In the brand-conscious landscape of Los Angeles, Cinefamily wants you to know they’re a champion of their identity crisis. An art house / cinematheque, a comedy club / music venue, an indie theater featuring otherwise orphaned films; it’s a place that holds many titles, but last Saturday, its main business was sleeplessness.
I stood in the back of the Cinefamily Fantastic Elastic 24-Hour Telethon watching Hadrian Belove, the theater’s Executive Director begin to grapple with his own reality. It was only the third hour into the event, and you could see the focused fear in his eyes, like a pole vaulter about to make a leap. “Can I get a refill on my drink?” Hadrian said aloud, to no one in particular. A mass of volunteer aids trickled by his side, clad with headsets, some holding professional-grade cameras––soon enough, the man had his booze. His gaze relaxed, his determination restored.
He had 21 more hours to go.
This is the third year Hadrian and his team have refused sleep to keep their dreams alive. Last year’s telethon aimed at raising money for a new projector, this year is focused on just keeping the doors open––which, in a world where “going out on the town” rarely means sitting in a movie theater, has become a feat in itself.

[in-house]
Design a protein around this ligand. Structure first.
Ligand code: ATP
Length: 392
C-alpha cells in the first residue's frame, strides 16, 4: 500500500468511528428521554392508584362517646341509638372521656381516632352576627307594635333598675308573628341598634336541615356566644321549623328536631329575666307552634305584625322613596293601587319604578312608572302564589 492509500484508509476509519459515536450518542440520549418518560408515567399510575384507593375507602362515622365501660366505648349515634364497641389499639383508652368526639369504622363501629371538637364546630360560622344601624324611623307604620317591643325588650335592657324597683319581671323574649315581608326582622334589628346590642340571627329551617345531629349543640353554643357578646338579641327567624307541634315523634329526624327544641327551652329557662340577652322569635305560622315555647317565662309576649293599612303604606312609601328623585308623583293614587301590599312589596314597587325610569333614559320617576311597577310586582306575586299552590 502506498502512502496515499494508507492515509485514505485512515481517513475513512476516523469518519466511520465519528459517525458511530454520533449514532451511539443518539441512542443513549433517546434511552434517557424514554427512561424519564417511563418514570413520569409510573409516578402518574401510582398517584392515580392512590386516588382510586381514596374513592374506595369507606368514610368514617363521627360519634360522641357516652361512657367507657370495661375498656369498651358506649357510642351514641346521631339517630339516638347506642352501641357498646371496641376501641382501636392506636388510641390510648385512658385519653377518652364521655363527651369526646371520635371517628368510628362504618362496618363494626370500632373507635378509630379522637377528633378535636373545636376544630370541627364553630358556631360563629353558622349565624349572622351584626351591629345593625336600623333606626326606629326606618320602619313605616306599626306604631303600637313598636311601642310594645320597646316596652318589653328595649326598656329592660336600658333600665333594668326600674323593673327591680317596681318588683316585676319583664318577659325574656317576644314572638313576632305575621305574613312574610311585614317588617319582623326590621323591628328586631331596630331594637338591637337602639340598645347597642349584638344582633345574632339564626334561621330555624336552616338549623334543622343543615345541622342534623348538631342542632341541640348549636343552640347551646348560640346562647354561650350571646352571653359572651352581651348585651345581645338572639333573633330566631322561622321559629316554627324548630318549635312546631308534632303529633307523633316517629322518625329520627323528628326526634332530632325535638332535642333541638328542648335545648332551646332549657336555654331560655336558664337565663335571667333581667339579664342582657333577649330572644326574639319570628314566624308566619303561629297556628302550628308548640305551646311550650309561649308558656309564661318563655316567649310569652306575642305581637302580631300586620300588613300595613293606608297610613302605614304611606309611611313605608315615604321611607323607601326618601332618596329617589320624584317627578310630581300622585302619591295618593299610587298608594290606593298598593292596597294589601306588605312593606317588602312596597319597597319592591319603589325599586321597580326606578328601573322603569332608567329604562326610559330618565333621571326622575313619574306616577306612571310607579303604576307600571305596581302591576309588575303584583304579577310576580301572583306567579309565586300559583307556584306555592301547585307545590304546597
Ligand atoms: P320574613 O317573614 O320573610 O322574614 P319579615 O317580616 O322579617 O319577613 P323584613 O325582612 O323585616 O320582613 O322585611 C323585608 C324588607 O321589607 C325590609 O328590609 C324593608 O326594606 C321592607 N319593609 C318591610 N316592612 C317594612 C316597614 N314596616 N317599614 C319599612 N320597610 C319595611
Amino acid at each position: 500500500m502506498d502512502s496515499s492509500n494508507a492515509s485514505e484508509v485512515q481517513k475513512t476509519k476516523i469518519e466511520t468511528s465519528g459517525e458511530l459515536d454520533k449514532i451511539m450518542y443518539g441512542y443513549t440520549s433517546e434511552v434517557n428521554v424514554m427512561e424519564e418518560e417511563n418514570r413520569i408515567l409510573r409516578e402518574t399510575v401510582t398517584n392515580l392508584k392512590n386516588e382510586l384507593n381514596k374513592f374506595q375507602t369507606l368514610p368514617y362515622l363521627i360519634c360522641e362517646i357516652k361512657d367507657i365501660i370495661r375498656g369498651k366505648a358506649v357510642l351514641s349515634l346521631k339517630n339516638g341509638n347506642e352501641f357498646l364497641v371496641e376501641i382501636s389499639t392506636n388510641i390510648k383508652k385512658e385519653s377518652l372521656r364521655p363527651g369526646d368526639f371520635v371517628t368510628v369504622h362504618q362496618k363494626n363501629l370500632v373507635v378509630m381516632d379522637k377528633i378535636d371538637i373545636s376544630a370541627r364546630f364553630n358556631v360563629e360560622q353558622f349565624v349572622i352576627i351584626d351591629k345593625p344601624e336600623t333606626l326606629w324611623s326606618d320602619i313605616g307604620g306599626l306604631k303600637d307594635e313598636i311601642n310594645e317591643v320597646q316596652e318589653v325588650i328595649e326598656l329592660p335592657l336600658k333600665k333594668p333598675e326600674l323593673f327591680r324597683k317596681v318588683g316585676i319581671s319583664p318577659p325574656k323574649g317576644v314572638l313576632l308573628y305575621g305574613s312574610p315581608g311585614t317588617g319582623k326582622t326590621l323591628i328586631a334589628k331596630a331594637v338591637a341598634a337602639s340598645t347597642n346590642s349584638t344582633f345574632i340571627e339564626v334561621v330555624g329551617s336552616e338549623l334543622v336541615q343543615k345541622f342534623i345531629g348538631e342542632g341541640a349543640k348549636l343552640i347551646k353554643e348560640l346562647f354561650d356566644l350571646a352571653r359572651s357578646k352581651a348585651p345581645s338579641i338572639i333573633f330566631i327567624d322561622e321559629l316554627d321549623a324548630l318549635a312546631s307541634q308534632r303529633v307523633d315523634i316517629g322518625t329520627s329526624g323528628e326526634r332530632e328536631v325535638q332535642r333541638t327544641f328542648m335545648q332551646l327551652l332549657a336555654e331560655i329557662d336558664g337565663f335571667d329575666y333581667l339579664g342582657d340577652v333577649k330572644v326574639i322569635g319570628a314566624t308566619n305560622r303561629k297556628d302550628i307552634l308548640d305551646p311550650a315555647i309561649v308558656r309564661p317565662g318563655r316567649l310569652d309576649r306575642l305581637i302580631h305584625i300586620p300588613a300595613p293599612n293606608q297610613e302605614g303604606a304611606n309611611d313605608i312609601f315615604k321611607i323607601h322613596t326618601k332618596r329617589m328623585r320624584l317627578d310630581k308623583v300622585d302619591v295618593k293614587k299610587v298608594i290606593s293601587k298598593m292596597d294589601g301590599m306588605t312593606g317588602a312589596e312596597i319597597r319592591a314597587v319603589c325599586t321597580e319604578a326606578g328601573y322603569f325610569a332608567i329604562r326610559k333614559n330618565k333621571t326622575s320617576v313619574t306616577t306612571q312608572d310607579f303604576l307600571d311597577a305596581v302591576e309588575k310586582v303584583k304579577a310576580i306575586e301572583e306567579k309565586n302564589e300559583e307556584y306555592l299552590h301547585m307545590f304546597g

My body was wedged in the back corner of the theater due to limited seating when I was offered my first marathoner’s perseverance kit. “Stay up all night. I’ll give you mushrooms,” a friend of mine and Cinefamily regular generously offered. I politely declined, not because I’d rather trudge through au naturel but because the event felt like a drug trip in and of itself.
If you happened to wander in during the opening ceremonies, you might have stumbled upon a live performance from Nilbog, the self-described “horror/sci-fi/giallo film score tribute band,” whose haunting sounds enhanced what already felt like a cult seance of fanaticism.
Then later, you’d be able to keep your buzz on while watching drone metal pioneers, Earth as they performed live to Werner Herzog’s already-trippy Fata Morgana documentary. If you watched live at home, your contact high was enhanced by a slow cross-fade the Cinefamily production team employed with a giddy enthusiasm.
True to the telethon format, Cinefamily relied heavily on their celebrity guest stars to inspire goodwill. Earlier in the day, Illeana Douglas emerged fresh from a Turner Classic Movies-funded cruise to auction off her possessions in a segment titled, “Celebrity Garage Sale.” A jacket from the movie Cobra, a copy of a virginity-horror-thriller short called, Dreamboat, and a Ghost World comic book were among the few items she brought with her to toss to the crowd.